Hutton: No one can save American golfers from their own failure
September 30, 2012 11:49PM
USA's Jim Furyk reacts after missing a putt on the 18th hole and losing to Europe's Sergio Garcia during a singles match at the Ryder Cup PGA golf tournament Sunday, Sept. 30, 2012, at the Medinah Country Club in Medinah, Ill. (AP Photo/Charlie Riedel)
MEDINAH, Ill. — Save Jim Furyk please, from himself, from the epic collapse for the American team that just couldn’t happen on American soil, from the moniker as the guy who had the worst closing year ever in the recent history of golf.
Save him from that awful five-foot putt on 18 that he stepped away from twice and that he agonized over like he was performing surgery, before it failed to graze the hole. Furyk’s year-ending legacy is complete. He loses the final two holes to Sergio Garcia the same way he gave away leads down the stretch at the U.S. Open and the World Golf Championship.
Save Steve Stricker — someone please — from finishing this Ryder Cup as perhaps the worst captain’s pick ever.
Save him please from that clunky chip on No. 17 from above the hole that he ran seven feet past the hole.
Save Stricker — someone please — from that seven-foot comeback putt that he usually makes in his sleep.
Save Davis Love III — someone please — from going down as the most outwardly laid-back captain in perhaps the history of the Ryder Cup, who just didn’t seem like he cared all that much either way that his team just had a historic final day collapse — so amazing that it was worse than what happened to the Europeans in 1999 at Brookline.
That was a home match for the winning team. This was in Chicago, a city with mammoth shoulders and crazy loud fans on a sprawling, ostentatious golf course that is big and bold. American Ryder Cup teams should never lose here with a four-point lead on the final day. Never. Ever.
Save Phil Mickelson please from rifling that approach on No. 18 over the green, never really giving himself a chance to match the second improbable straight birdie for Justin Rose, who ripped that match away from him and ruined the good karma train that he and Keegan Bradley were riding all week with their impossibly good play.
Save Tiger Woods and Stricker — someone please. The Ryder Cup duo had a 3-3-1 record before the matches. The pair only scored a half point. Stricker was simply awful and Woods, at best, was inconsistent.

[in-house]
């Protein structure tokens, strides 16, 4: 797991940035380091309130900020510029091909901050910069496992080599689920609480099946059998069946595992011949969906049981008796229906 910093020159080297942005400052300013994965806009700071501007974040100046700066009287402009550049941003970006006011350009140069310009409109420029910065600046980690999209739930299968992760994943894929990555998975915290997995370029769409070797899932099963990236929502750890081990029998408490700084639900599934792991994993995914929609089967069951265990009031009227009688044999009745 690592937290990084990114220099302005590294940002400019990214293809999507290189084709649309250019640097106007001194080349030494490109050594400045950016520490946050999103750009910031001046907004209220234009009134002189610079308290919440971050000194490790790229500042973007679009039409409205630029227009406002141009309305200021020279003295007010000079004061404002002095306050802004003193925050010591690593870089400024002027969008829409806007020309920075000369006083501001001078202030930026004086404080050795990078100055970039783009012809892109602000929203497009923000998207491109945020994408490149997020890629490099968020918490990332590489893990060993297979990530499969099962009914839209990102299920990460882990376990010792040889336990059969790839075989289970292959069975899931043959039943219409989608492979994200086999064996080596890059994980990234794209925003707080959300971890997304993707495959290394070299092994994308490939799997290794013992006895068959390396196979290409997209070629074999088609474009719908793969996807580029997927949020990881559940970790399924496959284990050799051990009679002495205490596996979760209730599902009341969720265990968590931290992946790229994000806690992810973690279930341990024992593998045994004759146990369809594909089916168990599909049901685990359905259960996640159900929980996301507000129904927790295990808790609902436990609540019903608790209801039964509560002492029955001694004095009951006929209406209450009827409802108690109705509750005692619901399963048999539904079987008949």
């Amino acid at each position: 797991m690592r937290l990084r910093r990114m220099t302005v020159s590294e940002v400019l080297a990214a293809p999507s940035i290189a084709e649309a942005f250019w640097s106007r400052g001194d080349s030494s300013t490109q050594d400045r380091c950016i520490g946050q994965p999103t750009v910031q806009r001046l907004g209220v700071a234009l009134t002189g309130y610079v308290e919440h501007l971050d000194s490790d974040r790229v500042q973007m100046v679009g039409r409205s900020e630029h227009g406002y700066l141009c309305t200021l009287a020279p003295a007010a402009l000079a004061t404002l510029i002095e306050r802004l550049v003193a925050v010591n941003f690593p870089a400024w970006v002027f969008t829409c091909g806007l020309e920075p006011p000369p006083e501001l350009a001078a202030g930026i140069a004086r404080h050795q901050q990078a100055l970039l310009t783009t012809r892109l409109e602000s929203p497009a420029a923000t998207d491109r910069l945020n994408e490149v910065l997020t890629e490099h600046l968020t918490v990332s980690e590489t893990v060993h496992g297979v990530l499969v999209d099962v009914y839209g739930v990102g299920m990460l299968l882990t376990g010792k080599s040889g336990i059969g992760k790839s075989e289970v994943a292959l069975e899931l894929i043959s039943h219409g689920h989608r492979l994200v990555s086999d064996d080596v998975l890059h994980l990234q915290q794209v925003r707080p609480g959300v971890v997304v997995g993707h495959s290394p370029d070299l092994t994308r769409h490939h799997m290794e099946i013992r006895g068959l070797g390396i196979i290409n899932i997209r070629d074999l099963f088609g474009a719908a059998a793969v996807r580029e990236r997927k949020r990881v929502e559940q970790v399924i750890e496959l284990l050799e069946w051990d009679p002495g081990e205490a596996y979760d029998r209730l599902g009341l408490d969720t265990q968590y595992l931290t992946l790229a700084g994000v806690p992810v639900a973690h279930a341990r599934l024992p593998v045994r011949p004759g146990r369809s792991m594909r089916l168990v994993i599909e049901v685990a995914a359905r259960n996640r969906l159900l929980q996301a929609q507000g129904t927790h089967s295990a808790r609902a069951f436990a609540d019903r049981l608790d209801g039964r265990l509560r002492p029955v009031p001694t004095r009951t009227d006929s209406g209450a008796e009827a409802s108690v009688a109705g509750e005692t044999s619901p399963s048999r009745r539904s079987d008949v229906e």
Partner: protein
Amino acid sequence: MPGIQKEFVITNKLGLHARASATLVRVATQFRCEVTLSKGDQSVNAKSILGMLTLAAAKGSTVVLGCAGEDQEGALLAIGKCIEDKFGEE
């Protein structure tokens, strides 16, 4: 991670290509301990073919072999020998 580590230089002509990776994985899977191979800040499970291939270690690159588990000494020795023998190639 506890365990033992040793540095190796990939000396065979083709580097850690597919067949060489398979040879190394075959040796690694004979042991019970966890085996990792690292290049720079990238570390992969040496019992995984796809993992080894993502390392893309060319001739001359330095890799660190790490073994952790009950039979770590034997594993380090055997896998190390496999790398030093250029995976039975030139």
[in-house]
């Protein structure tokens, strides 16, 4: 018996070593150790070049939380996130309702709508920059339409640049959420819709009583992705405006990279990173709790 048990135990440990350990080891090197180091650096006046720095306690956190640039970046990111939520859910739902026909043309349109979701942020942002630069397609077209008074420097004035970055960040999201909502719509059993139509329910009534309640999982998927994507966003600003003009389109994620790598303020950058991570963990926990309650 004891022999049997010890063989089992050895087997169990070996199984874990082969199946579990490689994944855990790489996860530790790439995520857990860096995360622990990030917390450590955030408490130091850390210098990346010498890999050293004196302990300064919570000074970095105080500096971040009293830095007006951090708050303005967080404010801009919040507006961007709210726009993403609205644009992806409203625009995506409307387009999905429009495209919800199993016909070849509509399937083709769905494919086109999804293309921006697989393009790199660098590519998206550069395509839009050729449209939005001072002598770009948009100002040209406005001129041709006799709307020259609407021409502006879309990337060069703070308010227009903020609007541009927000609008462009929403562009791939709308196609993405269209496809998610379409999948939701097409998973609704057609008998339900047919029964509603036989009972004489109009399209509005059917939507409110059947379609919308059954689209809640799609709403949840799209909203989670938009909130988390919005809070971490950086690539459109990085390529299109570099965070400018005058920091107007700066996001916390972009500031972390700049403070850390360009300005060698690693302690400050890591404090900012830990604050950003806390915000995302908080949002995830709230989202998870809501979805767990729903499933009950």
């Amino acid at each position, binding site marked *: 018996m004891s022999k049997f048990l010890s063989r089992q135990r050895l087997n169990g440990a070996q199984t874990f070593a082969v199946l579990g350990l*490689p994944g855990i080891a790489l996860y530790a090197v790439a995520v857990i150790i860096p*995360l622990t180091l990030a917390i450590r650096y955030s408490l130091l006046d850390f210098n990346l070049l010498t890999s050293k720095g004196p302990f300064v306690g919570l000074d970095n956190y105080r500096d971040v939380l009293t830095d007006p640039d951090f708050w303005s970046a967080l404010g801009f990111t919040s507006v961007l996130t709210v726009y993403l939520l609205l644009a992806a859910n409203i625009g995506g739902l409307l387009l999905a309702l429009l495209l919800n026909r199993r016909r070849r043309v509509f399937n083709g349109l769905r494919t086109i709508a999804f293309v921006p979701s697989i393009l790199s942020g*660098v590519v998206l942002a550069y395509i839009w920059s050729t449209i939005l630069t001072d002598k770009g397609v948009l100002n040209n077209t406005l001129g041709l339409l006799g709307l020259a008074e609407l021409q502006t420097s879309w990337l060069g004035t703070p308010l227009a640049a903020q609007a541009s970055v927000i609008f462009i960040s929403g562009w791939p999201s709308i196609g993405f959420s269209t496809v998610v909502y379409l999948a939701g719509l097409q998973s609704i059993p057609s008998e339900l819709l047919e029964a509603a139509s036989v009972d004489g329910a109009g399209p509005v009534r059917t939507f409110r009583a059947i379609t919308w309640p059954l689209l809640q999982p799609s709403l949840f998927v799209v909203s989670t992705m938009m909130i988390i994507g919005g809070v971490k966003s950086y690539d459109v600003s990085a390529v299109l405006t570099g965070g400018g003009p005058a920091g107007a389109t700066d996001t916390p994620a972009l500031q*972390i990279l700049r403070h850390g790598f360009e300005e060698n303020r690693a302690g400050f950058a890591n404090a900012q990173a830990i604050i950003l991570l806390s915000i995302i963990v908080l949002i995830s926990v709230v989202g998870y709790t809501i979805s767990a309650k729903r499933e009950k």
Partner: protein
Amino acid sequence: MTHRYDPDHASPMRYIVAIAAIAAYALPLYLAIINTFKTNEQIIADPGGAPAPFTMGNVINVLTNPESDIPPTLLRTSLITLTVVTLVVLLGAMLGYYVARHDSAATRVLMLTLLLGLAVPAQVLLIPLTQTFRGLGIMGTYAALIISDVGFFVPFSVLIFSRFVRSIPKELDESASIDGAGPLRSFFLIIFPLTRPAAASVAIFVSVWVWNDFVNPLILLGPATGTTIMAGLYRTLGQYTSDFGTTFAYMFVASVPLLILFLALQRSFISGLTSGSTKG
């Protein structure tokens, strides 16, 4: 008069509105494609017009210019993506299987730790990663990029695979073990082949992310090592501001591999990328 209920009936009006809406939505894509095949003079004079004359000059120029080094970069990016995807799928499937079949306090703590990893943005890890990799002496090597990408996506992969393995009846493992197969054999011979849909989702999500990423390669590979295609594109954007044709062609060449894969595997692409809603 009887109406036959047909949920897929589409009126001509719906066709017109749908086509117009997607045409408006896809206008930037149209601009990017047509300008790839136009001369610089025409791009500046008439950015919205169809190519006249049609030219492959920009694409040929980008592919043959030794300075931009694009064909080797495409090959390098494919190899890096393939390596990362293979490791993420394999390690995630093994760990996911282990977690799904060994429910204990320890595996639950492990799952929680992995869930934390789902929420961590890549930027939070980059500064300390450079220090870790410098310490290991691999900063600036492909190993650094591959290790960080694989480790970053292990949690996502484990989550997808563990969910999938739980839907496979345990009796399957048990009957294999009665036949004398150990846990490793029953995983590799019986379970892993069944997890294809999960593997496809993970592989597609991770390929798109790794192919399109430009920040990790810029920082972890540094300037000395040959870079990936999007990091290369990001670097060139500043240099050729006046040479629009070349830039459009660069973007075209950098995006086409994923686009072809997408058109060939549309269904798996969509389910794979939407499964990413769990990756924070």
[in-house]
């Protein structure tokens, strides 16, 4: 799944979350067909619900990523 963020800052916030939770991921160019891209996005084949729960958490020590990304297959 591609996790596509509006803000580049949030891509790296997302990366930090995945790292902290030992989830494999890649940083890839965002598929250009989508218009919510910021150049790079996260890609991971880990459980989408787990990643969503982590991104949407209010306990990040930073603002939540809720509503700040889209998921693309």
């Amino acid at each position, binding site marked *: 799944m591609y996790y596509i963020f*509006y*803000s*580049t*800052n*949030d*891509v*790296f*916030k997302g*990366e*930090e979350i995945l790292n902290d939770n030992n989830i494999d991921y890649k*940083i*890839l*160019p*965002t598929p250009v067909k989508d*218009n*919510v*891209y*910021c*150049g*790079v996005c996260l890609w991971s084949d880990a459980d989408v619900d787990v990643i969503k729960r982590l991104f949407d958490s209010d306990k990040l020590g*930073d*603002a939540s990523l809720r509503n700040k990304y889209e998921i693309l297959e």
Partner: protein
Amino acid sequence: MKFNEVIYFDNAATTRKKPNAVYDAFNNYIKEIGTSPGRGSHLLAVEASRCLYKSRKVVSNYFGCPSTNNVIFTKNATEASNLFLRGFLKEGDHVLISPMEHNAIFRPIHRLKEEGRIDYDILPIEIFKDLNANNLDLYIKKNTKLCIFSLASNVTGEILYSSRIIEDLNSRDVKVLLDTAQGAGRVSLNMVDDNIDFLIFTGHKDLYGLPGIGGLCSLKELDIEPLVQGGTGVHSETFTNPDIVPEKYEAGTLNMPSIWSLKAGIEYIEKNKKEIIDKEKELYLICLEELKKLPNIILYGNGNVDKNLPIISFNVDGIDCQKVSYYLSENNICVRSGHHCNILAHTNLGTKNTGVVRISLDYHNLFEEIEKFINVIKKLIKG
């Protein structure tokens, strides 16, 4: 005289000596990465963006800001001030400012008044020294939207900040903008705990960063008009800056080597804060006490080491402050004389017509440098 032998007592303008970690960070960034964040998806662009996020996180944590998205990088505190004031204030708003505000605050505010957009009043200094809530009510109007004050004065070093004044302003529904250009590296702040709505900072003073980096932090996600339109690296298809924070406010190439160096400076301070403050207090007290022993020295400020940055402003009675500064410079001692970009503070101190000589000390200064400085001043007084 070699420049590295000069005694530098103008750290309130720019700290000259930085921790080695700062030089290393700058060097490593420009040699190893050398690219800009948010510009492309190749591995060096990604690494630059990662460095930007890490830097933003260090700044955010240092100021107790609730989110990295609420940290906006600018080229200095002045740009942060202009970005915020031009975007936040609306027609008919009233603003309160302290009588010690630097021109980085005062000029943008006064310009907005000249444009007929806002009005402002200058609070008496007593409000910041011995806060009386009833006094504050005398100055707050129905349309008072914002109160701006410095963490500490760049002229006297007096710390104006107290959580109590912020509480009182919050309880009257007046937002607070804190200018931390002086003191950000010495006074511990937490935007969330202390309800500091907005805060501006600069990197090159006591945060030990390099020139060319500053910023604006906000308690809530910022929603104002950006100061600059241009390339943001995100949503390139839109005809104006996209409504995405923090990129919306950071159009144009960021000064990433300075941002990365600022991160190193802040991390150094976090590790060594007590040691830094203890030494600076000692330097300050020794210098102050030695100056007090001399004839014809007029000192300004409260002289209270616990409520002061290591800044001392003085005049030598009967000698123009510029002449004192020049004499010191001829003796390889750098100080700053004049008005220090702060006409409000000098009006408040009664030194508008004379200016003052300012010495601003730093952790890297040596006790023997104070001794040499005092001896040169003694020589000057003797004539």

Save Woods from embarrassing himself by finishing out the 18th hole when it didn’t matter. He did it for the point — and then missed the point with an avalanche of European fans dancing around in joy.
Save Love — someone please — from the avalanche of second guessing and criticism that won’t go away — ever — for picking both Furyk and Stricker as captain’s picks or for sitting Mickelson and Bradley in the afternoon matches on Saturday. He really is a nice guy and he doesn’t deserve it.
Save someone please from turning Martin Kaymer, the one guy on both sides that was playing so badly that Jose Maria Olazabal only played him in one match before the singles, into Europe’s game-changer as the guy who hit the six-foot putt for the clinching point.
Know what? They couldn’t. They just didn’t have enough big plays on their side — not enough guys like Jason Dufner, who seems immune to the massive pressure and roaring crowds.
Not enough players like Rose, who made two huge birdies on the last two holes to deal Mickelson a devastating defeat.
Not enough players like Paul Lawrie, who looked remarkably average until Sunday when he made five birdies without a bogey.
Not enough players like Kaymer, who rifled a perfect shot out of the sand from 164-yards out on No. 18 to set up his two-putt par.
Not enough good karma or fate or whatever you want to call it to send the Europeans home without the trophy.
Isn’t that the way it usually seems to go for the Americans, who have now lost seven of the last nine cups? They find a way to lose. If they can’t win on their own course, with the rough cut to their preference and the greens rolling at their favorite speed, then the European advantage does seem insurmountable.
Then all the stuff they say about the Americans being selfish and less committed to the Cup might be true.
Personally, I don’t believe it, but how can you possibly explain what happened Sunday? You can’t and that’s the problem. It will be a long two years for the Americans before they get another chance to save themselves again from more Ryder Cup agony.